WASHINGTON — Military service, particularly in the Gulf War, may be linked to development of Lou Gehrig’s disease, the Institute of Medicine said Friday.
The evidence, however, is limited and inconsistent, the Institute said.
The degenerative nerve disease, formally known as amyotrophic lateral sclerosis, or ALS, gradually destroys the ability to control movement. Patients lose their ability to move or speak, but their minds remain unaffected. Most victims die of respiratory failure within a few years.
According to the report, released as Veterans Day was being observed, five studies have been done on the subject.
Three indicated a higher rate of ALS among veterans of the 1990-91 Gulf War, one found a link to veterans who served prior to that war and one found no link at all.
“The evidence base to answer the question of whether military service increases a person’s chances of developing ALS later in life is rather sparse, so we could not reach more definitive conclusions at this time,” said Richard T. Johnson, chair of the committee that wrote the report.
Still a small risk
“Because ALS occurs so rarely, any individual veteran’s chances of developing the disease are still low,” he added. ALS affects between 20,000 and 30,000 Americans.
Johnson is a professor of neurology at the Johns Hopkins University school of medicine in Baltimore.
The individual studies had been previously reported, and the Department of Veterans Affairs asked the Institute to review what was known and provide a new overview.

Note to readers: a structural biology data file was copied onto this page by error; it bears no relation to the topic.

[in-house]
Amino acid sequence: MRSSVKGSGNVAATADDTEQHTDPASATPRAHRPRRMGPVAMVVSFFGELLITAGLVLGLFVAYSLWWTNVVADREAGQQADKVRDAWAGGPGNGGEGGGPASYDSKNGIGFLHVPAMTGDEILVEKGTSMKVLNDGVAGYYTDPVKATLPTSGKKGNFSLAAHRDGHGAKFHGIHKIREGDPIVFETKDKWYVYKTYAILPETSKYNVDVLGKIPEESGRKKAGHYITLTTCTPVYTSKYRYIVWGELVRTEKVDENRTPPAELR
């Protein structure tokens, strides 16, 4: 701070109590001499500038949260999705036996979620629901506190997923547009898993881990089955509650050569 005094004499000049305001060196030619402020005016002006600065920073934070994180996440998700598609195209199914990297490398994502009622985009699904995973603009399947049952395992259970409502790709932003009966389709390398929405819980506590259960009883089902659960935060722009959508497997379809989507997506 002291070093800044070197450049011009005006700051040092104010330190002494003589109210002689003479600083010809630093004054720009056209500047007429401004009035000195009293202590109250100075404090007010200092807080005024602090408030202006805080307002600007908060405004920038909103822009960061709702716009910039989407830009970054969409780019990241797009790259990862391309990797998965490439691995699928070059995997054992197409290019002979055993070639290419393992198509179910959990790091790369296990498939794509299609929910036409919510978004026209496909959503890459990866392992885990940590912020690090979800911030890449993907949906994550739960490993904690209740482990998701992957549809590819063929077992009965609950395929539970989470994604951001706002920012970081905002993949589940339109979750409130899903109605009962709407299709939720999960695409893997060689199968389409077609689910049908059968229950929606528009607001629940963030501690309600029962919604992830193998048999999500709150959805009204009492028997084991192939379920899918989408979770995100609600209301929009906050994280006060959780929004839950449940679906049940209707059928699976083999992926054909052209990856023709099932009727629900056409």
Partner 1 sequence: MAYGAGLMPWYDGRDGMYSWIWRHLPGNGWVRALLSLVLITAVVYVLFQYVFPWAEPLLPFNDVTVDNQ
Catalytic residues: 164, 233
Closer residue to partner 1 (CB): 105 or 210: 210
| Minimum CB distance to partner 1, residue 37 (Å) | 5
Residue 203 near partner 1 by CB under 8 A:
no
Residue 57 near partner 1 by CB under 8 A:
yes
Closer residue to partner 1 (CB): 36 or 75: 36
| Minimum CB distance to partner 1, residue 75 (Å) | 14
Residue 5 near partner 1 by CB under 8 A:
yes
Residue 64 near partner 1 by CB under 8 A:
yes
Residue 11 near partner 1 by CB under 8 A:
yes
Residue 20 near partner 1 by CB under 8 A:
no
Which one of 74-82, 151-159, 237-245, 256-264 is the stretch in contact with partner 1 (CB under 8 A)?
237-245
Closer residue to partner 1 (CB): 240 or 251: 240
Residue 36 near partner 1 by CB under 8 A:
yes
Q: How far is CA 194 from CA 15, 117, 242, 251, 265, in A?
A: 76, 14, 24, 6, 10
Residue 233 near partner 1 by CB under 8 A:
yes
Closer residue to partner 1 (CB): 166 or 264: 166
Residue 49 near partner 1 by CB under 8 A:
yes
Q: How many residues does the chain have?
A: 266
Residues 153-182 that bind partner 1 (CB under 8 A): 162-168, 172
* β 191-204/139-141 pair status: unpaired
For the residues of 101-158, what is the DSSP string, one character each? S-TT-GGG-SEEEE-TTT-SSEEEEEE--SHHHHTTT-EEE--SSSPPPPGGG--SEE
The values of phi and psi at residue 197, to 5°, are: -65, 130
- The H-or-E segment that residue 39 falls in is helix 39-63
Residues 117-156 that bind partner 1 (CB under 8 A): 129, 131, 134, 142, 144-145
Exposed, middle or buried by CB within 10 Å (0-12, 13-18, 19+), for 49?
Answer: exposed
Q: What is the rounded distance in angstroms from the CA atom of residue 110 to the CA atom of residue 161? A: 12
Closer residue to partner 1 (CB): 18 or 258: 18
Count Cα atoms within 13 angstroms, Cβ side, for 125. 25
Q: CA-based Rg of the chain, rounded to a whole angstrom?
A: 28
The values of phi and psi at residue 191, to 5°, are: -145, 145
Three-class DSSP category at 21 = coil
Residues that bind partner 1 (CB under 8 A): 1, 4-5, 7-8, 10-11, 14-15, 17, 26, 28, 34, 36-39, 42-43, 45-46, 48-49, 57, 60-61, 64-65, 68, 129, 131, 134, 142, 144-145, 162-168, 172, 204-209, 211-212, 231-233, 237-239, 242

In 2001, then secretary of Veterans Affairs Anthony J. Principi ordered that disability compensation be made available to veterans who served in the Gulf War in 1990-1991, who later developed ALS. Such compensation is not available to other veterans.
Double the risk in Gulf War vets
In its analysis, the Institute said three studies indicated the chance of developing ALS as much as doubles for Gulf War veterans. Another study concluded that veterans who served prior to that war had 1.5 times the rate of the non-veteran population for ALS.
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But some of those studies may have understated the number of ALS cases among non-veterans, and the Institute said others were less useful because of limitations in the methods they used.
A fifth study found no relationship between military service and ALS.
Overall, the Institute concluded, “There is limited and suggestive evidence of an association between military service and later development of ALS.”
Hunt for the cause
The report called for more research to confirm this relationship and to determine the cause of any increased risk — which it said could include chemicals, involvement in traumatic events, intensive physical activity or other substances or activities.
Officials of veterans organizations could not immediately be reached for comment on the report.
ALS got the name Lou Gehrig’s disease from the famed New York Yankees baseball player who died from it. Another well-known victim is English physicist Stephen Hawking, author of “A Brief History of Time.” Hawking uses a wheelchair and communicates using a computer and voice synthesizer.
Between 5 percent and 10 percent of ALS cases are thought to be inherited; the causes of the rest remain unknown.
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